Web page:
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She's ten and mostly plays with the boys, fitting in well due to her easy-going nature, outstanding athleticism, strong sense of fair play, and wild and crazy sense of humor. She's super competitive, one of the leaders of the pack in terms of ability, while still stopping to help the kids who need rules/strategies explained. The problem is, from her point of view there's nothing on the other side of puberty to look forward to. The boys will be getting stronger; she will be getting breasts. Not fair! She's miserable about this and it hasn't even started yet.

EDIT:

Since a large part of the community are also members of sites like StackOverflow, I’ll try translating this question to, say, mathematics.

Say you are ten and you are good at math. You and your good friends all go to math camp, have started learning various programming languages, have Raspberry Pi on your Christmas list. You in particular sometimes help the non-math kids with their math homework. You’re very compettive and love to compete in Math Olympiad, and if your score isn’t always the highest for your grade, you’re generally in the top three.

Recently you found out that over the next four years, most of your friends’ math intelligence is going to get a four-fold boost. Even some of the kids you help with math will get this boost. You, on the other hand, will get a two-fold boost. Period. Plus, you are going to have a French accent whenever you talk about math. Not an ugly French acent – it will be pleasant, but it will be very, very noticeable.

So, how comforted would you be if someone said to you, “That’s okay, you don’t have to be any less mathematical, just because everyone else is going to be better! It’s not only about being the best. While other kids are doing calculus or even multivariable calculus in a few years, you can still have fun with trigonometry! Or, why don’t you learn to cook? You get to use math to measure things in cooking, right? Besides, don’t a lot of cooks have a French accent?”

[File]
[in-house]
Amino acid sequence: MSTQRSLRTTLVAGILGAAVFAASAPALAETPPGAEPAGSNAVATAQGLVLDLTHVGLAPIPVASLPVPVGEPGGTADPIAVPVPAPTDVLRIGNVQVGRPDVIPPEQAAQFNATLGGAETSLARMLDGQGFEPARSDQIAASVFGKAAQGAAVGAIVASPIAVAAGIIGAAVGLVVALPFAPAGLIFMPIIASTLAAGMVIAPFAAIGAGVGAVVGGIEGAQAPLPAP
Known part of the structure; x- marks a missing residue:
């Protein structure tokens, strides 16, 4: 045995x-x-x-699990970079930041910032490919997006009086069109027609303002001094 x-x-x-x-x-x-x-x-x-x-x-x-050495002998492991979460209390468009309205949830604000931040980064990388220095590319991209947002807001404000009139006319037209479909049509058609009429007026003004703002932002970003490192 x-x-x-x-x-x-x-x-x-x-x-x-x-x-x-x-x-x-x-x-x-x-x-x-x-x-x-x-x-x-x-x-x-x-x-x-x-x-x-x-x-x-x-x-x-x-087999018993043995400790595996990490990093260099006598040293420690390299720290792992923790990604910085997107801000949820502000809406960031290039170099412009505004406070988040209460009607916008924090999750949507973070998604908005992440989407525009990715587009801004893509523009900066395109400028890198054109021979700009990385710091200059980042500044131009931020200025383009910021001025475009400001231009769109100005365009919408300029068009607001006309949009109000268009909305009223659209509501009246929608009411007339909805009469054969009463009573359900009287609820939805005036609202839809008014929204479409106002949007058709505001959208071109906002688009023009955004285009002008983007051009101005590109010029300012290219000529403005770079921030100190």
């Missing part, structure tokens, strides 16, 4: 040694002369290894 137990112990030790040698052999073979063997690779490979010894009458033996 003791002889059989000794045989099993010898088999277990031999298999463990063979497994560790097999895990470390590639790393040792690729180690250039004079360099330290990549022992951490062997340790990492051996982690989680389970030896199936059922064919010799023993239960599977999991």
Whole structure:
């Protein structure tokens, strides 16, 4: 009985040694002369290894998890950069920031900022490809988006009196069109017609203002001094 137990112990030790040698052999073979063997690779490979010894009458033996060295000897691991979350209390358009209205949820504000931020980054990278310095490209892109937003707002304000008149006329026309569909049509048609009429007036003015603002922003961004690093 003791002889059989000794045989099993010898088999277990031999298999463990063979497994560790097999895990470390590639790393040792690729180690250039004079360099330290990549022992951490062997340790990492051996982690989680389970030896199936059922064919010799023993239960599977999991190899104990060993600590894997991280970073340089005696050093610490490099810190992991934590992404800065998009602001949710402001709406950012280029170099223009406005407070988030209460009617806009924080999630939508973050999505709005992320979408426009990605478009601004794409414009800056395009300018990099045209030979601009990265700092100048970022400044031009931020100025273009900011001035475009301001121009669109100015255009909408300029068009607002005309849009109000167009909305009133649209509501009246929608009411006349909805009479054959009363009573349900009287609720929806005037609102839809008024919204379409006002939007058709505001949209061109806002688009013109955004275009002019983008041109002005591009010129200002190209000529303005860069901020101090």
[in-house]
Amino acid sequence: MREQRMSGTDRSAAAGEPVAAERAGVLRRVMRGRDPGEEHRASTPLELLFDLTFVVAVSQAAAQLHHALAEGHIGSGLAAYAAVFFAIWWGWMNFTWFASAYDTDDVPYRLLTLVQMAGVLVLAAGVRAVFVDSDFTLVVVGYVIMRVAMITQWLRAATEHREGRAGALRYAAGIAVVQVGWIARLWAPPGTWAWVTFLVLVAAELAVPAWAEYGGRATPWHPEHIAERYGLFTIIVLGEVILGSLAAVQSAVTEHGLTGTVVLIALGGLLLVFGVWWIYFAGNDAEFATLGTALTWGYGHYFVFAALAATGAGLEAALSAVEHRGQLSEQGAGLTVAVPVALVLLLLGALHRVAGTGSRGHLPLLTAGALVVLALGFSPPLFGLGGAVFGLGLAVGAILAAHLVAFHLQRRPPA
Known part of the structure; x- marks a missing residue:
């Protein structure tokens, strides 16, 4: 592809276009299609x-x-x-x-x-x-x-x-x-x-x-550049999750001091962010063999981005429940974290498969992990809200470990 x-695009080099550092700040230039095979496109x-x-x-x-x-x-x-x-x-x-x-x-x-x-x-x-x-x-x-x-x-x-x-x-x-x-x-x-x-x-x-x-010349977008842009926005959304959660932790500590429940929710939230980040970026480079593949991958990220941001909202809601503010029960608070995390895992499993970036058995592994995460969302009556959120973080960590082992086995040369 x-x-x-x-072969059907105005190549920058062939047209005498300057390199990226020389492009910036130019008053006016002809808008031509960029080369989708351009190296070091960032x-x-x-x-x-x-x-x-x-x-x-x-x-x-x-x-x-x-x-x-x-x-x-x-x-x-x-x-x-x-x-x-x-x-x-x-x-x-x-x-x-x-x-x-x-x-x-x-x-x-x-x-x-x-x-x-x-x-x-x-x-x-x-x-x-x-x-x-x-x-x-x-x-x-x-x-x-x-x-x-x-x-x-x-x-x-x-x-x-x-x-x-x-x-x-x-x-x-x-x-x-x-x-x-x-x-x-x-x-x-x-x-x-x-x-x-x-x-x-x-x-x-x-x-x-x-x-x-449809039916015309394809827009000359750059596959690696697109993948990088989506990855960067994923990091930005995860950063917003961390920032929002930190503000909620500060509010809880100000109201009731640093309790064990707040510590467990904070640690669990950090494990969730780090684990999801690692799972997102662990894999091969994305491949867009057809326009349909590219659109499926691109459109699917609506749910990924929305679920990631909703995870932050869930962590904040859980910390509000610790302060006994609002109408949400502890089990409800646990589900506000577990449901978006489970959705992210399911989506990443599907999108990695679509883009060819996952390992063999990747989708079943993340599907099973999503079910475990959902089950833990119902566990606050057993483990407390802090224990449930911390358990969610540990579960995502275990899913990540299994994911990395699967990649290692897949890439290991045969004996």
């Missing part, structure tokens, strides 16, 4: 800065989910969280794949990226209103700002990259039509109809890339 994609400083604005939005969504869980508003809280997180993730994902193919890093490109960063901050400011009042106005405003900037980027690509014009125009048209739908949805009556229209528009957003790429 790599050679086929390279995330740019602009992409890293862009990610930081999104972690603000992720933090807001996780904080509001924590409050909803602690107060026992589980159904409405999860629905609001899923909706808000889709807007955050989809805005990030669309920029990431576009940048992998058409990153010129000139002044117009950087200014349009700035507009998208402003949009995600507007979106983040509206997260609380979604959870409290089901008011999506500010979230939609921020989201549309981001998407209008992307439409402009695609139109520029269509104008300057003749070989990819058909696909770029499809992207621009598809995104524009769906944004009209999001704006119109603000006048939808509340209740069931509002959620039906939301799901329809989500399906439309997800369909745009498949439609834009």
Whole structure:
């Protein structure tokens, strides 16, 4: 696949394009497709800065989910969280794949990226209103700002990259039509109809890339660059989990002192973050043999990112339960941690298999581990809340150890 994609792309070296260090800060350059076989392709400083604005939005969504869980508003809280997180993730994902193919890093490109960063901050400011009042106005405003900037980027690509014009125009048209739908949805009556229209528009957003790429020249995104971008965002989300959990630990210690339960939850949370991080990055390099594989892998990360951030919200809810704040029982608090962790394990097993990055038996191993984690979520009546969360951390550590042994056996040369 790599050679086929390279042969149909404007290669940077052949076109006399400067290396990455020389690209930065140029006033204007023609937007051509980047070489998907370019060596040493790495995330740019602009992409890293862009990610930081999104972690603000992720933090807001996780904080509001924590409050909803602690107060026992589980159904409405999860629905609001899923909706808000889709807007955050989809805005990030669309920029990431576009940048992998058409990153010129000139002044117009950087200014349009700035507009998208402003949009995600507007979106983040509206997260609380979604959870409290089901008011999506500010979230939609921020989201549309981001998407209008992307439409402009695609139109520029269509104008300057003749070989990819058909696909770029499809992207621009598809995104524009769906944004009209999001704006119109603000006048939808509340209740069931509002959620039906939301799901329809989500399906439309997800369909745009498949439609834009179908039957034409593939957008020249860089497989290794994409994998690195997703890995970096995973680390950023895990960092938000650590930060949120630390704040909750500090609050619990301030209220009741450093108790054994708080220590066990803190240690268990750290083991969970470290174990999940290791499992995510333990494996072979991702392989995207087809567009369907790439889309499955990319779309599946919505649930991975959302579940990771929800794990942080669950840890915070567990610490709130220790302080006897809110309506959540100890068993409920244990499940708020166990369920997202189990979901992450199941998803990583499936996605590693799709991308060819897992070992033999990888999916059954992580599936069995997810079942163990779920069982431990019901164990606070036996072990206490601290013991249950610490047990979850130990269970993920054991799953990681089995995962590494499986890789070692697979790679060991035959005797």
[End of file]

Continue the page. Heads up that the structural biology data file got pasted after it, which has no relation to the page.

Yes, this is over-simplified. My daughter is more than just a jock (another “label” for you). She’s one of the top math students in her grade and one of the best creative writers… and she’s the class cut-up (even the teacher laughs... sometimes especially the teacher). She's kind. She likes to draw manga; she single-handedly bakes a mean apple pie (crust "from scratch," of course); and she’s currently trying to memorize the periodic table of elements (don’t ask me why).

She has some girl friends, not all of them into sports. But she won’t wear dresses, and she finds makeup and what she calls “fashion lady stuff” ludicrous. She generally prefers the straightforward friendship of boys to the drama of girl friendships. And sports are her favorite thing.

It’s not that she won’t live through puberty, but I'm hoping to find something positive for her on the other side of it, so that she won’t be so depressed about it. She’s already watched a half dozen of the boys get better than her in soccer; it will probably happen in baseball in another year or two.

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I really think your assumption that this means the end of her ability to be competitive and to continue being an athletic star has to come to an end isn't necessarily true. She may have to work a little harder than the boys to get there - but when has that not been true for women trying to break through the glass ceiling? Puberty isn't the end and role models can help her see that. –  balanced mama Dec 20 '13 at 6:51